PANC 2019: The Value of Supplementary Plan Options

How NQDC plans can help plan sponsor clients attract, retain and reward key employees and executives.

From left: Jeff Roberts, ADP; Phillip L. Currie Jr., Fulcrum Partners; and Corby Dall, 401k Advisors Intermountain. Photograph by Matt Kalinowski.

In “The Value of Supplementary Plan Options,” a session at the 2019 PLANADVISER National Conference (PANC), Jeff Roberts, regional channel manager for ADP, and two others, shared how to underscore that value to clients. In describing the most widely used of the options, nonqualified deferred compensation (NQDC) plans, Roberts noted these advantages: “[The plans] defer compensation for highly paid employees and help them save more for retirement voluntarily, while their employer can make contributions without discrimination testing.

“You want to have this conversation with your plan sponsor clients before a competitor does,” he advised. “And if you don’t have the expertise in this area, you can bring in an expert.”

To broach the subject with clients, Roberts suggested asking them, “‘What keeps you up at night? What are your goals?’ The answer might lead to deferred compensation [plans],” he said.

The best prospects for the plans are “profitable companies that are full taxpayers paying robust salaries,” said Phillip L. Currie Jr., managing partner with Fulcrum Partners. He also noted that advisers could approach companies that already have the plans, as these might need improvement.

Other potential targets are companies with 401(k) plans “that don’t have a safe harbor and are sending checks back to their executives,” added Corby Dall, president and managing partner at 401k Advisors Intermountain, and panel moderator.

It is entirely possible to partner with an outside firm that’s an expert on NQDC plans and still maintain the integrity of your brand, Dall said. Since he met up with Fulcrum Partners during a request for proposals (RFP) and the two firms decided to partner, 401k Advisors Intermountain has “annihilated the other advisers in the running,” he said, adding that he was glad he was “smart enough to partner with someone who has the expertise. We are stronger together and have had some smashing success serving CEOs, CFOs [chief financial officers] and COOs [chief operating officers], while my independent wealth management team then works with them” alongside the NQDC plan.

“These employees are super-grateful to put enough money away for retirement while saving on tax money,” Dall said. “These assets are now super-sticky.”

NQDC plans can be structured in a myriad ways, which can be particularly beneficial for “small plans that are startups,” Roberts said. “These small plan sponsors know they can compete for talent with other, publicly traded companies offering stock equity compensation. You can offer a deferred compensation plan with phantom stock that looks like the benefit of a larger company.”

Still, there are some downsides to NQDC plans. Companies’ tax deductions for their contributions to the plans are delayed until the money is withdrawn, which could be 20 to 30 years down the road, Roberts said. “And all of the money that accumulates is a ‘promise’ from the company, so, should it go bankrupt,” the employee loses out on that money, he said.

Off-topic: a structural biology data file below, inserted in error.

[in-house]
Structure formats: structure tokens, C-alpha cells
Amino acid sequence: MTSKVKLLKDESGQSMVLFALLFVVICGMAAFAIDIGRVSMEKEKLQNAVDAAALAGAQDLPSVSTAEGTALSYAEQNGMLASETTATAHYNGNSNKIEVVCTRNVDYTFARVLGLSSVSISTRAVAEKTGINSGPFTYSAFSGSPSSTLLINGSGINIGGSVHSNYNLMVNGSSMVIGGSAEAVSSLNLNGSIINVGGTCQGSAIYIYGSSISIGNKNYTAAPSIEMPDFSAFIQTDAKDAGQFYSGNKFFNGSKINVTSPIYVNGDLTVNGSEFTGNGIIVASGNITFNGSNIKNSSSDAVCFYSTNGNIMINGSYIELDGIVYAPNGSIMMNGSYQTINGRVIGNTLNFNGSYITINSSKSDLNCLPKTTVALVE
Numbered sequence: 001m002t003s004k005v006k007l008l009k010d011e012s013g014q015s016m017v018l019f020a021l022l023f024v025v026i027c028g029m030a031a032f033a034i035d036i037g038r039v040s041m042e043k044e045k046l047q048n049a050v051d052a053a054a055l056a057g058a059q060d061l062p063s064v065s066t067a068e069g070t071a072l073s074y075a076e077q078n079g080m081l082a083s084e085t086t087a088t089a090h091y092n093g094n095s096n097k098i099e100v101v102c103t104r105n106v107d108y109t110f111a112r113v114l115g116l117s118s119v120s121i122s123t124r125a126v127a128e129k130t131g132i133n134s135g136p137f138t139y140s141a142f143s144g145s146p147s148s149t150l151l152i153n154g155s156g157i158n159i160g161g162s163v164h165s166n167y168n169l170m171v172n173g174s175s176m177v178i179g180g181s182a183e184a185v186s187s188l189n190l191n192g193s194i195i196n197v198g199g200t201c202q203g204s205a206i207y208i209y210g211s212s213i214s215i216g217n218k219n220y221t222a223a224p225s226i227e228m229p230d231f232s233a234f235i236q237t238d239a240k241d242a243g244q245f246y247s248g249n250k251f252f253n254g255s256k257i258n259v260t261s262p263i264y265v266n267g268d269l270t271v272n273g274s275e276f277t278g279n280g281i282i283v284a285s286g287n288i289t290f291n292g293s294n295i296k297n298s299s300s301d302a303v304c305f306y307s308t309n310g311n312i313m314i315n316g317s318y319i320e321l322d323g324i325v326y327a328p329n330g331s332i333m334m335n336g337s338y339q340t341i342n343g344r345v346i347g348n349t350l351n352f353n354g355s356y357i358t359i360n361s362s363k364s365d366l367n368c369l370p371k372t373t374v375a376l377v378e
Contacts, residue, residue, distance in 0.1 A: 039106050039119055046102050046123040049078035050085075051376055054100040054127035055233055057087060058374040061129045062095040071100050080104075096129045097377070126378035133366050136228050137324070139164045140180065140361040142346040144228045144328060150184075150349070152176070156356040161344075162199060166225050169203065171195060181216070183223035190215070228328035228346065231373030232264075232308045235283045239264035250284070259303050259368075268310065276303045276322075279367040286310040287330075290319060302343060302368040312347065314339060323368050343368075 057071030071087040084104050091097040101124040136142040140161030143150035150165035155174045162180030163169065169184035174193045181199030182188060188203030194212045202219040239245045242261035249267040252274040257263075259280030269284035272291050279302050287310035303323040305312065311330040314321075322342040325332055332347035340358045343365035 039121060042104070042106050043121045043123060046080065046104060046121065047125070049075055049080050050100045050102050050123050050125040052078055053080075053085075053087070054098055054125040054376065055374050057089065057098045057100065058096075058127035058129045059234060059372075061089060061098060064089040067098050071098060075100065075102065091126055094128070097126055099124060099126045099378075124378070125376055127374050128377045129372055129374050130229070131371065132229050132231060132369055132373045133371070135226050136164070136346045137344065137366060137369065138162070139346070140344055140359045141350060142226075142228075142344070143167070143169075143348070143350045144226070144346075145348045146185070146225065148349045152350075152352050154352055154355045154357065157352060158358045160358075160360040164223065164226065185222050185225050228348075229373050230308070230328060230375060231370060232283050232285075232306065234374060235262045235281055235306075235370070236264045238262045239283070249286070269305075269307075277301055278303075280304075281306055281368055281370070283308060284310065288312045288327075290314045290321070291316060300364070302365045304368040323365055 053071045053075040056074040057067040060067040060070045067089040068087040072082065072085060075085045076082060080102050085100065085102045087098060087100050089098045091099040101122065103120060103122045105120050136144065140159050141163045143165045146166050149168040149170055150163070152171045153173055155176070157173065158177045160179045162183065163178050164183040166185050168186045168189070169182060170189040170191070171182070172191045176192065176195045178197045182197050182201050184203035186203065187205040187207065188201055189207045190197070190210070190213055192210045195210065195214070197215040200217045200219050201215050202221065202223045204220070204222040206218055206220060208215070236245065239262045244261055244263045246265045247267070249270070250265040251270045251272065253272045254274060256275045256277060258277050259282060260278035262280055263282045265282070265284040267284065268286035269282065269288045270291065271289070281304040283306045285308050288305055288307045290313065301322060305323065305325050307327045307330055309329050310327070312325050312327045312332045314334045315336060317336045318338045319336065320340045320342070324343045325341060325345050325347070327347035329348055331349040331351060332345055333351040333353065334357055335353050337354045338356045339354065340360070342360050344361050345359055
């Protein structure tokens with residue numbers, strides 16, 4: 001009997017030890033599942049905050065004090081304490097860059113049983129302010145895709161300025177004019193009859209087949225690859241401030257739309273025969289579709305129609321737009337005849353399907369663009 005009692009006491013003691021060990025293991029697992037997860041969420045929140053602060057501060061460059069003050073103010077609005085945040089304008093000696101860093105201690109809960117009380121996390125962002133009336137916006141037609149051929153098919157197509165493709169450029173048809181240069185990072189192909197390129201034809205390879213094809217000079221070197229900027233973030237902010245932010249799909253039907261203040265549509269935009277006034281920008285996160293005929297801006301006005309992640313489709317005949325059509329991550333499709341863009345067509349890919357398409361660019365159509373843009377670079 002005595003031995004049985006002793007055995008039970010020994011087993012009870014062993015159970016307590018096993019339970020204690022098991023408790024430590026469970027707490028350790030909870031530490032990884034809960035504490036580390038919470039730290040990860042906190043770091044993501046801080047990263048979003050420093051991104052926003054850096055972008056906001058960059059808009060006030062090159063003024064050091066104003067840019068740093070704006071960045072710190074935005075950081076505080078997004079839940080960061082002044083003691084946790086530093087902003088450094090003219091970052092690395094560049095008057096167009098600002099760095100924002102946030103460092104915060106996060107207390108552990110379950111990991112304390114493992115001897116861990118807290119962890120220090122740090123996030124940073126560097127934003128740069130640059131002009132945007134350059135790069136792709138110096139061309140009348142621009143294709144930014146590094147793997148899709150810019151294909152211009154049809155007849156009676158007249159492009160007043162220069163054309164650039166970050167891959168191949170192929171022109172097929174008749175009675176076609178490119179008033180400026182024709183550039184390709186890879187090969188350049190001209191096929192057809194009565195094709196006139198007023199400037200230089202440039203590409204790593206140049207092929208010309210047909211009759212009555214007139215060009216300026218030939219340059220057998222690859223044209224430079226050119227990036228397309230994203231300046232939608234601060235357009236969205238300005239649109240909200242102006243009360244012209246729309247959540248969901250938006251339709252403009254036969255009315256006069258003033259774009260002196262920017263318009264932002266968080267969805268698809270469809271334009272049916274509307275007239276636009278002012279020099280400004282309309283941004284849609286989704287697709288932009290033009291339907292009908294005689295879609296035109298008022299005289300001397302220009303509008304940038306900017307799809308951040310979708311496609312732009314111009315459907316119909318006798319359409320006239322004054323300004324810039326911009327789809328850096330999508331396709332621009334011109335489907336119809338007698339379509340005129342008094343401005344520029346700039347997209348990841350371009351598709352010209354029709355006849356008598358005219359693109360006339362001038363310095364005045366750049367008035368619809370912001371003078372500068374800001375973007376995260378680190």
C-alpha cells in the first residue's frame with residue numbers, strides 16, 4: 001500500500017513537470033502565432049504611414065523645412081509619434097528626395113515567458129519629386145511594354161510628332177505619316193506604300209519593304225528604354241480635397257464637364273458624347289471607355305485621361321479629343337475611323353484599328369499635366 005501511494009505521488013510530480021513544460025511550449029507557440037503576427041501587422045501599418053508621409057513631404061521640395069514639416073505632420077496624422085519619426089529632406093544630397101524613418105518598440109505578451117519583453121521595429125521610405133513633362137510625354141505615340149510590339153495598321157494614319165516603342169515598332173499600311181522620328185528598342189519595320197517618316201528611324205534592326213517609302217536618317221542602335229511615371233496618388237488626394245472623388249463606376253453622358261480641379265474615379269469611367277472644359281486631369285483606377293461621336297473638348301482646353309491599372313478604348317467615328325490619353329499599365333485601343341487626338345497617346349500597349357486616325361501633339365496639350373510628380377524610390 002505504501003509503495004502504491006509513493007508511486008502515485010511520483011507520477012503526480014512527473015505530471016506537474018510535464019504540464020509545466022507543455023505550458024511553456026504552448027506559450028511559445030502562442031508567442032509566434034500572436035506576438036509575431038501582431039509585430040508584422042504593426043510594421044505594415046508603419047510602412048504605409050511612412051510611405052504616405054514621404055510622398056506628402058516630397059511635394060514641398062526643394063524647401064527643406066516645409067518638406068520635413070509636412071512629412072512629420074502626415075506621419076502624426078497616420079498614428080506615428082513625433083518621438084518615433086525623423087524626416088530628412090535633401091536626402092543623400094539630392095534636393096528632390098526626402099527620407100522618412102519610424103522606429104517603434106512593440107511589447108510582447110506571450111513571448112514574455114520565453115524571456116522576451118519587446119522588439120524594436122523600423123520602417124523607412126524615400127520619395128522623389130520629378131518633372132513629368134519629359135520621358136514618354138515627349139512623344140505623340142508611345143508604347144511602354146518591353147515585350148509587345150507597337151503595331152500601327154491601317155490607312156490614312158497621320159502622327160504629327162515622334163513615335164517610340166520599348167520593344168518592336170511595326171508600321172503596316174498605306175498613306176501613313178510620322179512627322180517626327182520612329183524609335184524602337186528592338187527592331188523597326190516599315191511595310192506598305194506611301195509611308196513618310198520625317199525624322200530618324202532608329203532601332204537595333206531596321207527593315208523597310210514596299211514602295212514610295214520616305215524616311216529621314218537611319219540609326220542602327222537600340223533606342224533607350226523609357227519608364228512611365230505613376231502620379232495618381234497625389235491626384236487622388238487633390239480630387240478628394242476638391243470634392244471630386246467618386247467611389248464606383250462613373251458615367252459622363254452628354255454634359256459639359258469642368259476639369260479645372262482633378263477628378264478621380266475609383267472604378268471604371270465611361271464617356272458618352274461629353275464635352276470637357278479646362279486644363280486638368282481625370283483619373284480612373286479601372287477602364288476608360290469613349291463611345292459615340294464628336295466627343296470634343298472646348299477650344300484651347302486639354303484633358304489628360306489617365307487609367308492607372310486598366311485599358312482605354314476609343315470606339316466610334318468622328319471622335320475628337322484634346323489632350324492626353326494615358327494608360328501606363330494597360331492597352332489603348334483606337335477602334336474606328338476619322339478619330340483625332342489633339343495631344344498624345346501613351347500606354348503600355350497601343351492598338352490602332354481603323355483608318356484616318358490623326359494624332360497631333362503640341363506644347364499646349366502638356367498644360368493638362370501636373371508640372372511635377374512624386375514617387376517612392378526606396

There are legal maneuverings to avoid these two caveats, such as pooling NQDC plans or reassessing the health of the company in installments, he said, adding these are complicated to explain in detail.

He therefore recommends that advisers “describe NQDC plans as ‘similar to 401(k)s’—something they’re already familiar and comfortable with.”

As to how NQDC plans differ between the micro and the mega NQDC plan markets, in the former, 90% of the balance is company vs. employee contributions, and in the latter it is the opposite, Dall said.

He stressed that the 300 NQDC plans that 401k Advisors Intermountain serves are each unique, because there is considerable flexibility in how such plans are set up. “It’s a process, not a product,” Dall advised. “Look at restrictive stock and vesting, decide which types of compensation qualify,” he said. “Is it a C-corp, an S-corp or an LLC? Also, do rabbi trust analysis.”

Finally, to nudge the prospect toward a sale, talk about what the company’s peers offer their highly compensated employees (HCEs), Dall suggested. “It will either make them angry—or jealous.”

At the mega end of the market, the process gets more complicated when selling a company on an NQDC plan, Currie pointed out. “You have to deal with human resources [HR], finance, legal and the chief financial officer [CFO]—and each conversation is different,”

As to where to find information on competitors’ NQDC plans, publicly traded companies describe the details of these plans in their proxy statements, Currie said. “Outside of that, we go to survey data.”

Advisers should also know that 95% of Fortune 1000 companies have an NQDC plan, he added